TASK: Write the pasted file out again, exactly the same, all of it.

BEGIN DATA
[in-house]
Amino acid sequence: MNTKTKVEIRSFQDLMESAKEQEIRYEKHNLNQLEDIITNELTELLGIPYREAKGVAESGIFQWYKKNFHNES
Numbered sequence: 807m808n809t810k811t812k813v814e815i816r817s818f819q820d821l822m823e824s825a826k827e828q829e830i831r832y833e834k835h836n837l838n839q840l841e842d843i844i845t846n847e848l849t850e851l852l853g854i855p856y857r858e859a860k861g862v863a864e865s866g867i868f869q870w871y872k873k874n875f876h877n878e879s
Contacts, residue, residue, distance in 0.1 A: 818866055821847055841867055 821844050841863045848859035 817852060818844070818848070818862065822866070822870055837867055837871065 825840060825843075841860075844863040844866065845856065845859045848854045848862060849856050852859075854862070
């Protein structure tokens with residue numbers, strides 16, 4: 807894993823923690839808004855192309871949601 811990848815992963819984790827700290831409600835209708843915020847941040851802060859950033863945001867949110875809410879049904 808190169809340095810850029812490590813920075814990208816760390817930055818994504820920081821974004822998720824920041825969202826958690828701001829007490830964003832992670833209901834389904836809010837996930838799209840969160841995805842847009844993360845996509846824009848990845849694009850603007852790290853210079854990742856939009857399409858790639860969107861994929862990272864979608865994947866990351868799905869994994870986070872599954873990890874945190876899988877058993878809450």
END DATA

[in-house]
Amino acid sequence: MNTKTKVEIRSFQDLMESAKEQEIRYEKHNLNQLEDIITNELTELLGIPYREAKGVAESGIFQWYKKNFHNES
Numbered sequence: 807m808n809t810k811t812k813v814e815i816r817s818f819q820d821l822m823e824s825a826k827e828q829e830i831r832y833e834k835h836n837l838n839q840l841e842d843i844i845t846n847e848l849t850e851l852l853g854i855p856y857r858e859a860k861g862v863a864e865s866g867i868f869q870w871y872k873k874n875f876h877n878e879s
Contacts, residue, residue, distance in 0.1 A: 818866055821847055841867055 821844050841863045848859035 817852060818844070818848070818862065822866070822870055837867055837871065 825840060825843075841860075844863040844866065845856065845859045848854045848862060849856050852859075854862070
């Protein structure tokens with residue numbers, strides 16, 4: 807894993823923690839808004855192309871949601 811990848815992963819984790827700290831409600835209708843915020847941040851802060859950033863945001867949110875809410879049904 808190169809340095810850029812490590813920075814990208816760390817930055818994504820920081821974004822998720824920041825969202826958690828701001829007490830964003832992670833209901834389904836809010837996930838799209840969160841995805842847009844993360845996509846824009848990845849694009850603007852790290853210079854990742856939009857399409858790639860969107861994929862990272864979608865994947866990351868799905869994994870986070872599954873990890874945190876899988877058993878809450």